The City of Denver was clearly not thrilled by the idea of a homeless encampment on the property.
And on Saturday night, Denver police officers moved in.
The DPD's description of the action is encapsulated in this tweet....
#ALERT at approx 7:00pm DPD responded to Denver Housing Property where parties had illegally constructed structures.— Denver Police Dept. (@DenverPolice) October 25, 2015
...and a followup:
After receiving a signed complaint 10 parties were arrested for Trespassing. The structures, were given back to the individuals or removed.— Denver Police Dept. (@DenverPolice) October 25, 2015
Denver Homeless Out Loud's description is considerably more vivid:
Saturday, Oct 24th, about seventy Denver Police Department and Denver Sheriff's Department officers, including SWAT units, under orders from Mayor Michael Hancock, descended on Sustainability Park and arrested 10 community members who, along with many others, were in the process of setting up a tiny home village to be occupied and managed by houseless people. The arrests, on charges of trespassing, were followed by the destruction and removal of several tiny homes which the group had constructed for houseless community members to live in. The group, led by Denver Homeless Out Loud and composed of houseless people and supporters, had been constructing tiny homes and trying to find a location for the village for over a year. But due to zoning and code constraints they have not been able to find a legal place to put the houses.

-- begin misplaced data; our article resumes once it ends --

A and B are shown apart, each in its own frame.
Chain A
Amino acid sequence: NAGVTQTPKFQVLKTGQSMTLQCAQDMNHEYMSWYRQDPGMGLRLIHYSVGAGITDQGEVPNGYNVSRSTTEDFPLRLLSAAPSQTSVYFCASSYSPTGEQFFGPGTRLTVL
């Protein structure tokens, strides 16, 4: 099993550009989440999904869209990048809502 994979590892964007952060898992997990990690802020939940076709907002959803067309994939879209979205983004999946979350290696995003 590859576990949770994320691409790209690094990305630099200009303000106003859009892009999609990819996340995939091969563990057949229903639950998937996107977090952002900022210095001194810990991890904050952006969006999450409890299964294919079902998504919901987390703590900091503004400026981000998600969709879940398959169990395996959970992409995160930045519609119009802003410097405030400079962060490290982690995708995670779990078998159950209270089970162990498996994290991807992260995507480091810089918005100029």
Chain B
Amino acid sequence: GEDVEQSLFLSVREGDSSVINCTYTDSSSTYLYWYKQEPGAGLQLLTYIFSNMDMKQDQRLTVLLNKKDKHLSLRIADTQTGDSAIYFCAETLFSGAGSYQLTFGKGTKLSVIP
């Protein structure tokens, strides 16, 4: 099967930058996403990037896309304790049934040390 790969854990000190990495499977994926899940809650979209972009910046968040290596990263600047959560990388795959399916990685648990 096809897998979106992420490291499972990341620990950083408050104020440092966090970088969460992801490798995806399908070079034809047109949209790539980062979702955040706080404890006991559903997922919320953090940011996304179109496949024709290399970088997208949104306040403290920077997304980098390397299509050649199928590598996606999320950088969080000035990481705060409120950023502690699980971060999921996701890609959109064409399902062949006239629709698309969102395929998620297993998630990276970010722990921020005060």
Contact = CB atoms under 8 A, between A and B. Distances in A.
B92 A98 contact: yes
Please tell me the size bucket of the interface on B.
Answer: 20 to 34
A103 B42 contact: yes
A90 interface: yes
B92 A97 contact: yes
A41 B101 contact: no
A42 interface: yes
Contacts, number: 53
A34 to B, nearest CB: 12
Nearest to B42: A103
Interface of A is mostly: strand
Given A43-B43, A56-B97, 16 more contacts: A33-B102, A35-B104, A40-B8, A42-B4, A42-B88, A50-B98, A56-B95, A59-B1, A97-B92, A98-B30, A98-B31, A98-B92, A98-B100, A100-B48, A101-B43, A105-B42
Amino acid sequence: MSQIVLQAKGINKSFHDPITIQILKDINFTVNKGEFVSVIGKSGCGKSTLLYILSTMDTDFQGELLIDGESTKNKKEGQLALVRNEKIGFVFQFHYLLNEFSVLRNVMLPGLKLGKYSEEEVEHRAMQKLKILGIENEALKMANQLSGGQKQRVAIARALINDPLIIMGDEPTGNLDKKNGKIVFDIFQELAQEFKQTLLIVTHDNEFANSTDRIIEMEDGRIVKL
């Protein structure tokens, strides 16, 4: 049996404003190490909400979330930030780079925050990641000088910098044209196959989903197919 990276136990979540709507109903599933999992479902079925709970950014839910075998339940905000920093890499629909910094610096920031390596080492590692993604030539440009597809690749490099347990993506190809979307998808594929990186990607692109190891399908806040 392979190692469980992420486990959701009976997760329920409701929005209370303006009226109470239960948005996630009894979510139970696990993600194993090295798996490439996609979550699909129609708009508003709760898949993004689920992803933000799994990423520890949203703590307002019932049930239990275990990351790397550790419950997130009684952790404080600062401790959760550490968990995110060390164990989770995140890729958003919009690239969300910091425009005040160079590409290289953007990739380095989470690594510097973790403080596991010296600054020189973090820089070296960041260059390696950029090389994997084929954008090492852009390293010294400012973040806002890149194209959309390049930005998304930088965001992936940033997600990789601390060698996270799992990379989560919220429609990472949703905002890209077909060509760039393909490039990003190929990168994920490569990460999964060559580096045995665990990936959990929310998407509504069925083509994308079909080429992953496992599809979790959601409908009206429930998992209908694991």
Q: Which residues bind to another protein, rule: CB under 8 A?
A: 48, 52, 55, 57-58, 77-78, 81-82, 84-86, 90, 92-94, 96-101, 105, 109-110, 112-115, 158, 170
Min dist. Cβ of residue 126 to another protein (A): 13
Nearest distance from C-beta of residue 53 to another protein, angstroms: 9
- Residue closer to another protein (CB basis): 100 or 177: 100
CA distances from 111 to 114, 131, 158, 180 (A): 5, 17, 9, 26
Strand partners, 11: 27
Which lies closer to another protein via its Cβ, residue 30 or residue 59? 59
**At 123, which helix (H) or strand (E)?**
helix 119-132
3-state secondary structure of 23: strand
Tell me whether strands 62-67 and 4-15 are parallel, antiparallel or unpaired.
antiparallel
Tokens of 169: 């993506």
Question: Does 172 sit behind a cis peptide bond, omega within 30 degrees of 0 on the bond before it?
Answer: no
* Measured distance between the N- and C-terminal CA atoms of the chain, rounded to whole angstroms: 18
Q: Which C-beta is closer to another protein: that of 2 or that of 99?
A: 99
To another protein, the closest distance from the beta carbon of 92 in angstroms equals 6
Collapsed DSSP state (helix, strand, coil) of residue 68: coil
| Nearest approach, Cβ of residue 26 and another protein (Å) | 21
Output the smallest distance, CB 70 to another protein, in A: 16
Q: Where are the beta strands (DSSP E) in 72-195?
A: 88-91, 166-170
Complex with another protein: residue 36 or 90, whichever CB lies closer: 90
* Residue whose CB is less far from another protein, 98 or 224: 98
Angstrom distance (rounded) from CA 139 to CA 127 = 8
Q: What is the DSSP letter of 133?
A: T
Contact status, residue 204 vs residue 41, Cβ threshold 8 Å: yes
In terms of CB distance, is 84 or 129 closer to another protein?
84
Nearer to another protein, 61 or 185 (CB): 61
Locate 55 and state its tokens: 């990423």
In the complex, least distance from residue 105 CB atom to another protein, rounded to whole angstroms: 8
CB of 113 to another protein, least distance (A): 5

DHOL lists the arrestees as Terese Howard, Benjamin Donlon, Karen Caspary, Audrey Haynes, Andrew Tate Viviano, Raymond Lyall, Coby Wikselaar, Scott Hauck, Stephanie Marraro, and DJ Razee, whose Facebook page features this photo:
The arrests didn't cow the organization, which shared this post on its Facebook page yesterday: "Tonight! 8:00 PM, join us at 25th and Lawrence to protest the City of Denver shutting down a peaceful, low (lowest) cost solution to homelessness at Sustainability Park. We will protest on the street where we have all due right to do so. Let's get loud, Denver!"
Last night's protest included activists bedding down on blankets and sleeping bags.
What's next? The DHOL release concludes: "We will not give up! We will keep fighting to defend people's right to housing. For the sake of the future residents of Resurrection Village and those who were arrested, we must all stand together now! Stay tuned for updates on this story and information about how you can support our next steps in this struggle!"
Look below to see a live-streamed video of the raid, followed by a time-lapse clips documenting the village from construction to destruction.